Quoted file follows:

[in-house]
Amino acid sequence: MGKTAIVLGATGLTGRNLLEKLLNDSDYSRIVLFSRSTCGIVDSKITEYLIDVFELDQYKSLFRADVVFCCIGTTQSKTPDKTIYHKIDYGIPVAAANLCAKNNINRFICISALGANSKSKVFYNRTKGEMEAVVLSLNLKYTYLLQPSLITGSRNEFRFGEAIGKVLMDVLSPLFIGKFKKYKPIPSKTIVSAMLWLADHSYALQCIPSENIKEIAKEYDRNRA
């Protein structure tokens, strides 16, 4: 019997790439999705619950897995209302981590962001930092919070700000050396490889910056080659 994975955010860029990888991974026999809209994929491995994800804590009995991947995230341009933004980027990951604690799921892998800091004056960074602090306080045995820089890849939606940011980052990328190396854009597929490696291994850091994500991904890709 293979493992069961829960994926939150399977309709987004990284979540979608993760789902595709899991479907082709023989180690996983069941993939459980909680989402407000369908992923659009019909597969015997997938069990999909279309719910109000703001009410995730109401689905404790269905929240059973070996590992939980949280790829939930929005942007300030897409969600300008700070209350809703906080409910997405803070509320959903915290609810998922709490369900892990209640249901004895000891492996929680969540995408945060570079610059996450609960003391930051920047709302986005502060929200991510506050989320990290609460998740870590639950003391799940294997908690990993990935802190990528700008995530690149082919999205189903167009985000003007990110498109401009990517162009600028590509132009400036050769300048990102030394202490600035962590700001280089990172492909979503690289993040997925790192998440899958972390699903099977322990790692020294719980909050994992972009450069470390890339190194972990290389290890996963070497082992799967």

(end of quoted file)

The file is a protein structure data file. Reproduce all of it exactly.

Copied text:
[in-house]
Amino acid sequence: MGKTAIVLGATGLTGRNLLEKLLNDSDYSRIVLFSRSTCGIVDSKITEYLIDVFELDQYKSLFRADVVFCCIGTTQSKTPDKTIYHKIDYGIPVAAANLCAKNNINRFICISALGANSKSKVFYNRTKGEMEAVVLSLNLKYTYLLQPSLITGSRNEFRFGEAIGKVLMDVLSPLFIGKFKKYKPIPSKTIVSAMLWLADHSYALQCIPSENIKEIAKEYDRNRA
């Protein structure tokens, strides 16, 4: 019997790439999705619950897995209302981590962001930092919070700000050396490889910056080659 994975955010860029990888991974026999809209994929491995994800804590009995991947995230341009933004980027990951604690799921892998800091004056960074602090306080045995820089890849939606940011980052990328190396854009597929490696291994850091994500991904890709 293979493992069961829960994926939150399977309709987004990284979540979608993760789902595709899991479907082709023989180690996983069941993939459980909680989402407000369908992923659009019909597969015997997938069990999909279309719910109000703001009410995730109401689905404790269905929240059973070996590992939980949280790829939930929005942007300030897409969600300008700070209350809703906080409910997405803070509320959903915290609810998922709490369900892990209640249901004895000891492996929680969540995408945060570079610059996450609960003391930051920047709302986005502060929200991510506050989320990290609460998740870590639950003391799940294997908690990993990935802190990528700008995530690149082919999205189903167009985000003007990110498109401009990517162009600028590509132009400036050769300048990102030394202490600035962590700001280089990172492909979503690289993040997925790192998440899958972390699903099977322990790692020294719980909050994992972009450069470390890339190194972990290389290890996963070497082992799967």